In your 2015 interview with Quill & Quire about your latest poetry collection, Tumour, you said you don't normally "have fun" with poems, but parts of this collection turned out to be an exception. Can you elaborate on this? To what extent do you think there's room for fun and humour in poetry?

The body poems in Tumour were actually fun to write.  I've always been fascinated by decrepitude, by the aging body and its sometimes revolting processes, to the point where I've been accused of cruelty in my descriptions of others. When I turned 40, it seemed timely to turn that critical eye on myself, and it was a delight to be playful and honest simultaneously. I admire poetry that isn't on the surface humorous, but manages to surprise with a spark of wit or an undercurrent of sarcasm. It can just be a moment of wordplay or an unexpected alliteration.

You're the poetry judge of this year's Open Season Awards. You've won several awards yourself; what role do you think awards and contests play in the current writing environment? What sorts of things will you look for in a winning poem? Can you offer any advice for new poets trying to get their work out there?

Without the occasional award nomination, poets' egos would shrivel up and disappear! There is so little reward for the years of creative and intellectual effort we put into a new collection—we're lucky to receive one or two reviews, sell three hundred copies, and that's that. Just to be recognized by a peer jury, to know that other poets are out there reading our work and holding it in esteem, is enough to keep us going. As a reader I look for poetry that has a lasting emotional impact; careful, disciplined language; fresh and unusual imagery. Metaphors that make me gasp with admiration and envy. I would advise new poets to read and submit to the fantastic array of literary magazines and anthologies we have in Canada, to familiarize themselves with the work of contemporary published poets, to attend readings and sign up for open mics.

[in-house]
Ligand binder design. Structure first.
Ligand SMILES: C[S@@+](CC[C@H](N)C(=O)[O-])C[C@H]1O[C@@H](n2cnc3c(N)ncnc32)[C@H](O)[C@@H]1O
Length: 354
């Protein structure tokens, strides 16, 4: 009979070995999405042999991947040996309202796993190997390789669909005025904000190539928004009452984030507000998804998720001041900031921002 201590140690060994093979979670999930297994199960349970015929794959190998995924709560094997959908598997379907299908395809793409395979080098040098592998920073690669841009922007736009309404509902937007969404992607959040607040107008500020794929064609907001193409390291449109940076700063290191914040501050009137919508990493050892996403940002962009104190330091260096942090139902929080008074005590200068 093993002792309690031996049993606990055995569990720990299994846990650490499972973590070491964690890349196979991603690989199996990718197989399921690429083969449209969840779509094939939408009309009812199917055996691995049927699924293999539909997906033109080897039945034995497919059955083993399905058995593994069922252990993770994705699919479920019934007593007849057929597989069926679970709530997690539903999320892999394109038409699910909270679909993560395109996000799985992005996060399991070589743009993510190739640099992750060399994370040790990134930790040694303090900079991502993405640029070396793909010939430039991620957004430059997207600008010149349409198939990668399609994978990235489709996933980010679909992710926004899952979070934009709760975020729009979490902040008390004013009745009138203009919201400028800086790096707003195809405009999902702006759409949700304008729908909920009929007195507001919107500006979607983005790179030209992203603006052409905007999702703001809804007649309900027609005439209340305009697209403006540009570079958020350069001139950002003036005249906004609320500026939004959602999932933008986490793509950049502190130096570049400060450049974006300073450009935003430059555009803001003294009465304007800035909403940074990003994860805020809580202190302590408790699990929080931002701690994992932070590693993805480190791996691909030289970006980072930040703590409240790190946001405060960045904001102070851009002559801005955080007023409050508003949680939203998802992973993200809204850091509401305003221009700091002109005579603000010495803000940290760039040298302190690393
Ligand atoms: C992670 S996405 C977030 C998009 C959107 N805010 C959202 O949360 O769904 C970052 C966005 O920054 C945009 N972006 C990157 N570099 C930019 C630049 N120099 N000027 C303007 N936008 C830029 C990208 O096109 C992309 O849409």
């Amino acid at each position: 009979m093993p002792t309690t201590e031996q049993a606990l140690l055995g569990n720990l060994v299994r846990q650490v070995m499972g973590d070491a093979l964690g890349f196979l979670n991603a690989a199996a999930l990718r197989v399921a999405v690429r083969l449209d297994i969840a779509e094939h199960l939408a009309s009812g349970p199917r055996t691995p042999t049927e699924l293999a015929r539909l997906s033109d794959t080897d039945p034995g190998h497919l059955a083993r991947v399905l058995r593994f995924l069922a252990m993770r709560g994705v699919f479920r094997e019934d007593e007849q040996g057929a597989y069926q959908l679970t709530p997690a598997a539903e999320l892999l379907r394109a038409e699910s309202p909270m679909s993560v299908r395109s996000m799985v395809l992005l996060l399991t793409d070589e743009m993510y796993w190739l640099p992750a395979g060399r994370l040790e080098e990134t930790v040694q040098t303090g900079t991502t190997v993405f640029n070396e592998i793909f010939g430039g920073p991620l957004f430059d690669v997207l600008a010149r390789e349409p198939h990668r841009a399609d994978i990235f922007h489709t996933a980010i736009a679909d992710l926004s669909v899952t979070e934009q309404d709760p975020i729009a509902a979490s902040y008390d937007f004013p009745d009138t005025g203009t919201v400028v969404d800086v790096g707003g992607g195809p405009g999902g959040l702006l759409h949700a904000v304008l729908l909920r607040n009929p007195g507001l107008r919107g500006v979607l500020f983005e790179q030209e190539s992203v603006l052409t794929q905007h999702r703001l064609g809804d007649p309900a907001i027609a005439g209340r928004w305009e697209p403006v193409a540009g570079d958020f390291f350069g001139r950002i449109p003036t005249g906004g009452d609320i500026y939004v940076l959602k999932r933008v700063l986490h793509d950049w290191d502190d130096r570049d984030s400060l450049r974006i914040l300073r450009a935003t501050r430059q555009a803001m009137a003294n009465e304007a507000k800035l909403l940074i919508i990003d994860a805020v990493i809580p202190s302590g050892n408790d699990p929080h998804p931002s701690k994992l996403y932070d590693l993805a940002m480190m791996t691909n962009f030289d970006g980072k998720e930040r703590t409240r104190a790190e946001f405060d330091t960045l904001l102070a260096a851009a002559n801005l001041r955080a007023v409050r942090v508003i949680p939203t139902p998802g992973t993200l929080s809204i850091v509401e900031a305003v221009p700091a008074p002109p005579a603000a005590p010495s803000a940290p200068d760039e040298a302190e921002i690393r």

I'm interested to hear a bit about your process. How do you start a new poem? How do you know when a poem is finished? How often do you completely scrap a poem, and what informs that decision?

Poetry is so much about paying attention in one's daily life, tuning out distraction, focusing. It helps to live like a Luddite—don't own a cellphone, or have WiFi at home. Much of writing poetry seems to be "getting ready" to write—going for long walks, reading other poets, staring into space. When the writing begins, the first draft comes out in a panicky gush (I'm terrified of losing the mood), followed by days or weeks or months of revisions. I walk around downtown, muttering to myself, utterly absorbed in an internal debate on line breaks, word choices. It's painful to pull away from the poem to attend to work or other obligations. After so many years, I do know when a poem is "done"—there is a finality to it, a sense of having reached its limit—though from time to time I'll revisit it months later and realize it wasn't finished at all. I rarely scrap a poem since countless hours of excruciating effort have gone into the drafts, so will rescue at least a fragment—there's always something worth saving, even if it's just one line.


Emma Skagen

Emma Skagen